On 10 December 1816 Francisco Borges launched a second separatist movement in Santiago del Estero. General Belgrano suppressed the uprising and Borges was shot on 1 January 1817. Aráoz fell out with Belgrano, and in September 1817 he was replaced by Feliciano de la Mota Botello, from Catamarca. For the next two years Aráoz stayed out of politics. In November 1819 Feliciano de la Mota was deposed by Abraham González while General Belgrano was staying in Tucumán. Belgrano was also arrested, and was held until Bernabé Aráoz took control of the government of Tucumán three days later.
President of the Republic of Tucumán
After the Battle of Cepeda on 1 February 1820 the central government was dissolved. Aráoz declared the Republic of Tucumán, made up of Tucumán, Catamarca and Santiago del Estero. In March 1820 he received an urgent request for assistance from General José de San Martín, commander of the armies fighting the Spanish. He replied that he was sending 500 men, well-supplied with arms and ammunition. A Congress of leading men was assembled, and on 6 September 1820 the Congress sanctioned the Republic's constitution. A First Court of Justice was established. Aráoz was named Supreme President. The constitution set up a unicameral legislature and an executive branch headed by the President. It was influenced by the national constitution of 1819 and was unitarian and centralized in nature.
The provinces of Catamarca and Santiago del Estero both quickly moved towards separation. Aráoz sent Juan Bautista Paz to Santiago del Estero to arrange for election of deputies, with a military force led by Juan Francisco Echauri. One of Echauri's first actions was to change the members of the municipality to one in favor of Tucumán. Next he tried to control the election of deputies for the Congress that would meet on 20 March 1820 in Tucumán. The people of Santiago del Estero rebelled, supported by armed forces led by Juan Felipe Ibarra, who defeated Echauri in an engagement on 31 March 1820 and forced him to retreat to Tucumán. Ibarra was appointed the first governor of the province of Santiago del Estero, and on 27 April 1820 issued a manifesto that declared the province's autonomy.
There was growing animosity between Bernabé Aráoz and the governor of Salta Province, Martín Miguel de Güemes. Güemes took the side of Santiago del Estero, invaded the Republic of Tucumán and captured Catamarca, ousting Bernabé Aráoz's relative, Lieutenant Governor Juan José de la Madrid, in March 1821. However, Güemes suffered a series of defeats and then was forced to return to Salta Province since the royalists had taken the opportunity to invade Jujuy. Aráoz invaded Salta, defeated Güemes on 3 April 1821 and temporarily deposed him, although Güemes quickly regained power. Soon after returning to the town of Salta, Güemes was assassinated, dying on 17 June 1821. After his death, an aristocratic group with strong ties to Buenos Aires took power. Eventually peace was settled between Tucumán and Santiago del Estero with a treaty of 5 June 1821.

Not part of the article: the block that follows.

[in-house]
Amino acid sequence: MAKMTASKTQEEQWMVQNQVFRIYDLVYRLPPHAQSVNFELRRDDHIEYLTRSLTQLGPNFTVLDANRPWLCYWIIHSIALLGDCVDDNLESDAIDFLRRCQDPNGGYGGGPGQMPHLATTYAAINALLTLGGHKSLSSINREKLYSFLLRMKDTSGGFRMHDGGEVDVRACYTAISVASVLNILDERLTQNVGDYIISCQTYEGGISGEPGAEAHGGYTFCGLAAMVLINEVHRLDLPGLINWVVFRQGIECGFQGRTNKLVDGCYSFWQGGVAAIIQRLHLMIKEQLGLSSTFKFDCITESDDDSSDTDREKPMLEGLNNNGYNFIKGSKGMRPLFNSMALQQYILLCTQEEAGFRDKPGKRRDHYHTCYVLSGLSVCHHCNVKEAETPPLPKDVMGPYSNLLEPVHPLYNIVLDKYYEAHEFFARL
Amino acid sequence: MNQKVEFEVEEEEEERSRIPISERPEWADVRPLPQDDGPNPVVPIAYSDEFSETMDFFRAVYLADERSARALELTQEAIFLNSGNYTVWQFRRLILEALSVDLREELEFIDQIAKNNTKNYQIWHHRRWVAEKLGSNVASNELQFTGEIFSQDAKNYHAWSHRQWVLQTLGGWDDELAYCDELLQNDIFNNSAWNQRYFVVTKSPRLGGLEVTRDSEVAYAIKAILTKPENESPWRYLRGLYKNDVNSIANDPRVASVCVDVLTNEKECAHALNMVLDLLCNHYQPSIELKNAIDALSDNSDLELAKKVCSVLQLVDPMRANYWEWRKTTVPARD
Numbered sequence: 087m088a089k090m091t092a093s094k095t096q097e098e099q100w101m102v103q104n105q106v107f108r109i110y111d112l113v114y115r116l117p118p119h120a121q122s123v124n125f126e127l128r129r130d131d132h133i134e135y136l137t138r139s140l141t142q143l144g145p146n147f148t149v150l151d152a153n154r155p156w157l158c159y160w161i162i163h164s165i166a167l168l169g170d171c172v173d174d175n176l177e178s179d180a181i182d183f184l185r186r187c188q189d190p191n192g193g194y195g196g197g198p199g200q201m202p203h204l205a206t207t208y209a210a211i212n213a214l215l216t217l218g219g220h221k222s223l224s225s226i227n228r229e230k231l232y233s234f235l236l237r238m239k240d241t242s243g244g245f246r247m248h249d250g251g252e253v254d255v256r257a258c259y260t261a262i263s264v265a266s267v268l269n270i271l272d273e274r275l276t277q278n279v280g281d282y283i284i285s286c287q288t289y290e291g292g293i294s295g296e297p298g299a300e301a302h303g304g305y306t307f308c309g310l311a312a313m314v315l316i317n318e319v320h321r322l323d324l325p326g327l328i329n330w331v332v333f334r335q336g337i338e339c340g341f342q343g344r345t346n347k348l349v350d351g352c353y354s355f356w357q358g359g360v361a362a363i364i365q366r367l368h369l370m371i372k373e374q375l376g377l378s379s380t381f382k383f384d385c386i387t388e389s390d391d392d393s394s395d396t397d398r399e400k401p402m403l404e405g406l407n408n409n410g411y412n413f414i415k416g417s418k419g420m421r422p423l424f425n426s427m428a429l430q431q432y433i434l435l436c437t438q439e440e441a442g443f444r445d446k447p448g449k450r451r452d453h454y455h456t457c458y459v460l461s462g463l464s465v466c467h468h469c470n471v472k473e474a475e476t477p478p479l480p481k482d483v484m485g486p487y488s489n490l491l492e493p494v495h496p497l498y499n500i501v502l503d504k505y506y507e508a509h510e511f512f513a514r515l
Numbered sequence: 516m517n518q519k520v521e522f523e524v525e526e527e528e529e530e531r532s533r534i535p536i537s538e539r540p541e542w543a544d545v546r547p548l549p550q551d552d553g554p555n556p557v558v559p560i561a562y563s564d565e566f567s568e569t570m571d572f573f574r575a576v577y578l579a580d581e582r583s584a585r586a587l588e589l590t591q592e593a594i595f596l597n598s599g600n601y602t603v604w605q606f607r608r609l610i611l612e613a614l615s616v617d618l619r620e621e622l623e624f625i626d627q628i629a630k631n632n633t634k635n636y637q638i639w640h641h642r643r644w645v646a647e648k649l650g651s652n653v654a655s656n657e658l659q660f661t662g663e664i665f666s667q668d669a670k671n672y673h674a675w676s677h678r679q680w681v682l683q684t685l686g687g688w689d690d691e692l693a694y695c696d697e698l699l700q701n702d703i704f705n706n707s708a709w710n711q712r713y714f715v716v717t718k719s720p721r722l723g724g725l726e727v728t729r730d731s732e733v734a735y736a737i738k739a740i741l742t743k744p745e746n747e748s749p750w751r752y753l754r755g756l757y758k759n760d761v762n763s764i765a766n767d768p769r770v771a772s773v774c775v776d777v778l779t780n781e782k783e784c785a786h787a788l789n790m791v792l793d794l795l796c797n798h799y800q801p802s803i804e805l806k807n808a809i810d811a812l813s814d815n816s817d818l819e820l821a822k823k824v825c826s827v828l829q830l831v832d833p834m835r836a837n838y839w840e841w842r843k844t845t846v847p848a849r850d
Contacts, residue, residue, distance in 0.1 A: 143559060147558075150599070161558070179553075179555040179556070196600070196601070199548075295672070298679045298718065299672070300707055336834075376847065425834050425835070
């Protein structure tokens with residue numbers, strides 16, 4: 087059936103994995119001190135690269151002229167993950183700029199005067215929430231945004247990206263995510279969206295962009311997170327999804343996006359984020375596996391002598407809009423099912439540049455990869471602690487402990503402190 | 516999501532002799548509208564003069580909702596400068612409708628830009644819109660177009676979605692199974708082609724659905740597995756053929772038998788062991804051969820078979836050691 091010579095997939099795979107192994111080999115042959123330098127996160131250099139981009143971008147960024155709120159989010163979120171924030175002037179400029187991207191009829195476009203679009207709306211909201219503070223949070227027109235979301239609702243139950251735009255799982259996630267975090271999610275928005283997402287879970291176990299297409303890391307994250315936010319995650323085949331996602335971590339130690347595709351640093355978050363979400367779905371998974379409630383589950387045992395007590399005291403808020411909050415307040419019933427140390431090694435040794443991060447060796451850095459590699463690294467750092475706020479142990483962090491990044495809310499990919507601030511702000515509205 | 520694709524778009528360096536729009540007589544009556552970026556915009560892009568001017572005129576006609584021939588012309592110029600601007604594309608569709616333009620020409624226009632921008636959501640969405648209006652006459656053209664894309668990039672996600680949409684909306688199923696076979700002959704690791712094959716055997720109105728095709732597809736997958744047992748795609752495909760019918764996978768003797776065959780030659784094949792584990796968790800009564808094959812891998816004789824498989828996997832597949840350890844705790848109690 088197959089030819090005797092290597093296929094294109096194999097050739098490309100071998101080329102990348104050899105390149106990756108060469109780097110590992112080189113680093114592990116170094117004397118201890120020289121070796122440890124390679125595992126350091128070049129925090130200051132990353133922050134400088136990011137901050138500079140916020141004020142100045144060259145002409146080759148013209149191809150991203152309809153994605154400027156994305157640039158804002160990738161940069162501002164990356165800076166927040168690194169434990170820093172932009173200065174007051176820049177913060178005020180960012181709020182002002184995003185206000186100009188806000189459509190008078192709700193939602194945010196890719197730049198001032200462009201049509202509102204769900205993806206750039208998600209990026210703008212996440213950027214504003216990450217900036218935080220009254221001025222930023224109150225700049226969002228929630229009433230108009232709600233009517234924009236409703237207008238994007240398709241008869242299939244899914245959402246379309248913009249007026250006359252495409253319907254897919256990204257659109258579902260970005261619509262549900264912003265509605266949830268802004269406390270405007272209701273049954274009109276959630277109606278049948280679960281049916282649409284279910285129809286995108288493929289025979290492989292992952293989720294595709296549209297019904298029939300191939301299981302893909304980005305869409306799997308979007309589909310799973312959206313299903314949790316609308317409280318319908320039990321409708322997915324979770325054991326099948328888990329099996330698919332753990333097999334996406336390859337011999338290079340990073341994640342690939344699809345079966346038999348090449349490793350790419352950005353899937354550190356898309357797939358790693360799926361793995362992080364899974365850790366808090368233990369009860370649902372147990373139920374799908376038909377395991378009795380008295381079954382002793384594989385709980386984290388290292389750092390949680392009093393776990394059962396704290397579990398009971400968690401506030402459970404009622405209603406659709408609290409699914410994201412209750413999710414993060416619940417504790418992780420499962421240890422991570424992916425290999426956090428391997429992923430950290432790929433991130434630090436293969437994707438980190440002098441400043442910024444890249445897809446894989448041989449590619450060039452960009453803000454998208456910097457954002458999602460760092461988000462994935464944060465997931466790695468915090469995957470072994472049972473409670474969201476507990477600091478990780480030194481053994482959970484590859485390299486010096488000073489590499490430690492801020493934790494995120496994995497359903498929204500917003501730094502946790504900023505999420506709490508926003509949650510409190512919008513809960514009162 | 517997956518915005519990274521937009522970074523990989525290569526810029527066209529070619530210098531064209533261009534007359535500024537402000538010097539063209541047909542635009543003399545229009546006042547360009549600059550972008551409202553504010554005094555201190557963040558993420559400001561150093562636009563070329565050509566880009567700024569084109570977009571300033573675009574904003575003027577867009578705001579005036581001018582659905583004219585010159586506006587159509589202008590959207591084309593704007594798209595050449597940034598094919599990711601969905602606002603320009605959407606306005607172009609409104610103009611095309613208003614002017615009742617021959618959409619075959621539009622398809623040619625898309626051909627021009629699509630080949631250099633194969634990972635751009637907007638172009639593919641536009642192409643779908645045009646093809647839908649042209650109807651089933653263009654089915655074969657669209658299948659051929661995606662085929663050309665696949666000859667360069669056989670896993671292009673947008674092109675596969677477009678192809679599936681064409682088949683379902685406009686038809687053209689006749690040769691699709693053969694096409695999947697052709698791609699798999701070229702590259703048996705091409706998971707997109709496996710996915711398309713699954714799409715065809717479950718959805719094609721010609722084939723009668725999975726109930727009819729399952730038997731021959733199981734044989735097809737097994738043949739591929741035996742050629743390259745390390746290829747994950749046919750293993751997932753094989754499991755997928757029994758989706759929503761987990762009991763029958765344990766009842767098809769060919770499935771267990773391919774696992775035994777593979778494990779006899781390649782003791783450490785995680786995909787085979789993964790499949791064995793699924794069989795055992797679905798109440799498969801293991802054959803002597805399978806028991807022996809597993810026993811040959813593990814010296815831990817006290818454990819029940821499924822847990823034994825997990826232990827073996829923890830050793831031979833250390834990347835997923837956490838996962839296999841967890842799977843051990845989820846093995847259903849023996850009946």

On 28 November 1821 Aráoz was ousted from office by General Abraham González, who had helped him assume power in November 1819. The government of the province of Tucumán descended into chaos for the next year with endless coups and counter-coups. Colonel Diego Aráoz, a distant relative of Bernabé Aráoz, General Javier López and Bernabé Aráoz engaged in a three-way struggle for power. Bernabé Aráoz briefly held office twice during this period. In October 1822 he became governor yet again, this time holding office for almost a year, and managed to stabilize the situation. He was forced from office by Diego Aráoz in August 1823 and took refuge in Salta. In February 1824 the head of the provincial forces, Javier López, was appointed governor. The government of Salta withdrew asylum from Aráoz and escorted him to the Tucumán border.
Aráoz was arrested by Tucumán forces on 7 March 1824 at the border in Trancas, held there and executed on 24 March 1824. The colonel who ordered the execution said he had been trying to subvert the men. It is said that his final act before facing the firing squad was to smoke a cigarette. Knocking away the last ashes, he said philosophically "Human existence is like these ashes." He then calmly faced his death. His remains lie in the Trancas church to the right of the altar. His portrait by the Italian artist Honorio Mossi hangs in the Museo Casa Histórica de la Independencia in San Miguel de Tucumán.
After the Battle of Tucumán, General José de San Martín wrote of him that he doubted that there were ten men in the Americas who united so many virtues. Belgrano said he could not find high enough praise for men of Aráoz's command. General José María Paz knew Aráoz well. He said he did not know of anyone seeing him angry; he was always cool and unflappable. His manner and way of speaking was more suitable to a monk than a soldier. He made many promises, but was always careful to keep his word. He wanted only to rule, and if he deserves the name caudillo,[b] it was as a mild caudillo with no inclination to cruelty.
- Santiago Ottonello 2004, p. 67.
- Santiago Ottonello 2004, p. 48.